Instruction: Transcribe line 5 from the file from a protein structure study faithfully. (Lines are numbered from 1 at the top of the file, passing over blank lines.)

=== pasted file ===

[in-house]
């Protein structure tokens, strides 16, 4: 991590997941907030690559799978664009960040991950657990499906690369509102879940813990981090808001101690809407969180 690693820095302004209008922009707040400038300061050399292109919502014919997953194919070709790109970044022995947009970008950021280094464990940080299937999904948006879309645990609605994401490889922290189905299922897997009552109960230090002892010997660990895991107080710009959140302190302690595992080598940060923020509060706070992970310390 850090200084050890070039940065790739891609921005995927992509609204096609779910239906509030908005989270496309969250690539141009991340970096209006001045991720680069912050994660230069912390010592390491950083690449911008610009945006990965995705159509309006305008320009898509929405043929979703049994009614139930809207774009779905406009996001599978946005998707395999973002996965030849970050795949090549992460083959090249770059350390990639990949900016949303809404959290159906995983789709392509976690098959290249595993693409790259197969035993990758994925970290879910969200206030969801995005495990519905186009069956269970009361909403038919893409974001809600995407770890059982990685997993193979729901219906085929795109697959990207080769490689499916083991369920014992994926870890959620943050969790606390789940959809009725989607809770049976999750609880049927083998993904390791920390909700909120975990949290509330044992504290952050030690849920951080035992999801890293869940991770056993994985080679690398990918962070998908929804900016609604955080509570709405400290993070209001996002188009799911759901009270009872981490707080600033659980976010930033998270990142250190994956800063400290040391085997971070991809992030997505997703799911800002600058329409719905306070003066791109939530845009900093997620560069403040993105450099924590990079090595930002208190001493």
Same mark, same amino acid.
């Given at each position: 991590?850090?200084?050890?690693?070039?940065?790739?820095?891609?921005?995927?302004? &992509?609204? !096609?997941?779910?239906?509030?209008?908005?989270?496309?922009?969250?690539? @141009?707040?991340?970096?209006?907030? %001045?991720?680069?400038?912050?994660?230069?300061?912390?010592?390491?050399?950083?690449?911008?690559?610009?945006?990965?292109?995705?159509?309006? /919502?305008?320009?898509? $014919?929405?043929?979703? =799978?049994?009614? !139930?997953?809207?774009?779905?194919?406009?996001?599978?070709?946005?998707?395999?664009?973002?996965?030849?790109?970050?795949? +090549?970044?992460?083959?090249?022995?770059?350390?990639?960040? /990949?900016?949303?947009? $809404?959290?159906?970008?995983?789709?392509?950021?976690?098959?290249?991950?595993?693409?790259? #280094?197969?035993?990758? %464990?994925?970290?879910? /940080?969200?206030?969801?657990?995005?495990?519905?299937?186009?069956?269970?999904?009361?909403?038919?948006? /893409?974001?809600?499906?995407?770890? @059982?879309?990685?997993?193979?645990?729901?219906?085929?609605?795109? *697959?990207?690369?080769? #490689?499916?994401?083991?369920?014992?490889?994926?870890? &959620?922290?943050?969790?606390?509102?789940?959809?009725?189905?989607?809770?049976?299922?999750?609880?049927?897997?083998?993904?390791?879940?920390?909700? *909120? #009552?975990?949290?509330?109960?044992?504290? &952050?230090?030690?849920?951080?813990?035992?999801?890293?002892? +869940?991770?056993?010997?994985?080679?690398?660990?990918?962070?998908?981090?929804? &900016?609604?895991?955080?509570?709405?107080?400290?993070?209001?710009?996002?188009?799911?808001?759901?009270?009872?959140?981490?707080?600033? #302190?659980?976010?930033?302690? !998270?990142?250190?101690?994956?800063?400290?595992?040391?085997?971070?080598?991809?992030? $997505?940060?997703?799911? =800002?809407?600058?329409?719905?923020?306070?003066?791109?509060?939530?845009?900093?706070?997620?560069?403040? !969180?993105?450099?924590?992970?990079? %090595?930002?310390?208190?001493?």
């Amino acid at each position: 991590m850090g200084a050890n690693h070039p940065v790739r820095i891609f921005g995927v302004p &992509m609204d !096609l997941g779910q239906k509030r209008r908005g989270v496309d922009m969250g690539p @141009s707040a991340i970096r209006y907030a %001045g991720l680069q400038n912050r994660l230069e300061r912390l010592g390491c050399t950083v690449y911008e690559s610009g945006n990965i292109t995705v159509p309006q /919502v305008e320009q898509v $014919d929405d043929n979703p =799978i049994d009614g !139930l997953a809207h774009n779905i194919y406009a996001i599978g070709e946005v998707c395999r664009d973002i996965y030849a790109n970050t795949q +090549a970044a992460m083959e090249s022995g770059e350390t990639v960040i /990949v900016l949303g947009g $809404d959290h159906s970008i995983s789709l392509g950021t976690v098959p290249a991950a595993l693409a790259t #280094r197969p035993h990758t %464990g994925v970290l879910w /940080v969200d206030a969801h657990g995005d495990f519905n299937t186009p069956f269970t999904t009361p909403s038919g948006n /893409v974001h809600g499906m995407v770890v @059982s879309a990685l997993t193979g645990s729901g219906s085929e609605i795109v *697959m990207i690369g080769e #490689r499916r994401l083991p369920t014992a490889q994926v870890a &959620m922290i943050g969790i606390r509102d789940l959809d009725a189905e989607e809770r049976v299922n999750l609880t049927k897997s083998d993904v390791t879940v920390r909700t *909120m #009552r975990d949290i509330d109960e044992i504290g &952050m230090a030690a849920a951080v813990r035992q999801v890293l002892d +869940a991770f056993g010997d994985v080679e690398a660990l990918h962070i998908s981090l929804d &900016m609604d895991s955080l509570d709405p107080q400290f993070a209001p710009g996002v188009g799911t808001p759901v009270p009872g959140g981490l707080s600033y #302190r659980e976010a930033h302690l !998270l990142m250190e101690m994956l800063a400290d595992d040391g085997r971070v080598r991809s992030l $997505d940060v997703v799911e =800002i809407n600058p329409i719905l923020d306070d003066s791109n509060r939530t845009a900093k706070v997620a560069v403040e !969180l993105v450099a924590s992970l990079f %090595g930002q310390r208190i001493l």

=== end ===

């Amino acid at each position: 991590m850090g200084a050890n690693h070039p940065v790739r820095i891609f921005g995927v302004p &992509m609204d !096609l997941g779910q239906k509030r209008r908005g989270v496309d922009m969250g690539p @141009s707040a991340i970096r209006y907030a %001045g991720l680069q400038n912050r994660l230069e300061r912390l010592g390491c050399t950083v690449y911008e690559s610009g945006n990965i292109t995705v159509p309006q /919502v305008e320009q898509v $014919d929405d043929n979703p =799978i049994d009614g !139930l997953a809207h774009n779905i194919y406009a996001i599978g070709e946005v998707c395999r664009d973002i996965y030849a790109n970050t795949q +090549a970044a992460m083959e090249s022995g770059e350390t990639v960040i /990949v900016l949303g947009g $809404d959290h159906s970008i995983s789709l392509g950021t976690v098959p290249a991950a595993l693409a790259t #280094r197969p035993h990758t %464990g994925v970290l879910w /940080v969200d206030a969801h657990g995005d495990f519905n299937t186009p069956f269970t999904t009361p909403s038919g948006n /893409v974001h809600g499906m995407v770890v @059982s879309a990685l997993t193979g645990s729901g219906s085929e609605i795109v *697959m990207i690369g080769e #490689r499916r994401l083991p369920t014992a490889q994926v870890a &959620m922290i943050g969790i606390r509102d789940l959809d009725a189905e989607e809770r049976v299922n999750l609880t049927k897997s083998d993904v390791t879940v920390r909700t *909120m #009552r975990d949290i509330d109960e044992i504290g &952050m230090a030690a849920a951080v813990r035992q999801v890293l002892d +869940a991770f056993g010997d994985v080679e690398a660990l990918h962070i998908s981090l929804d &900016m609604d895991s955080l509570d709405p107080q400290f993070a209001p710009g996002v188009g799911t808001p759901v009270p009872g959140g981490l707080s600033y #302190r659980e976010a930033h302690l !998270l990142m250190e101690m994956l800063a400290d595992d040391g085997r971070v080598r991809s992030l $997505d940060v997703v799911e =800002i809407n600058p329409i719905l923020d306070d003066s791109n509060r939530t845009a900093k706070v997620a560069v403040e !969180l993105v450099a924590s992970l990079f %090595g930002q310390r208190i001493l």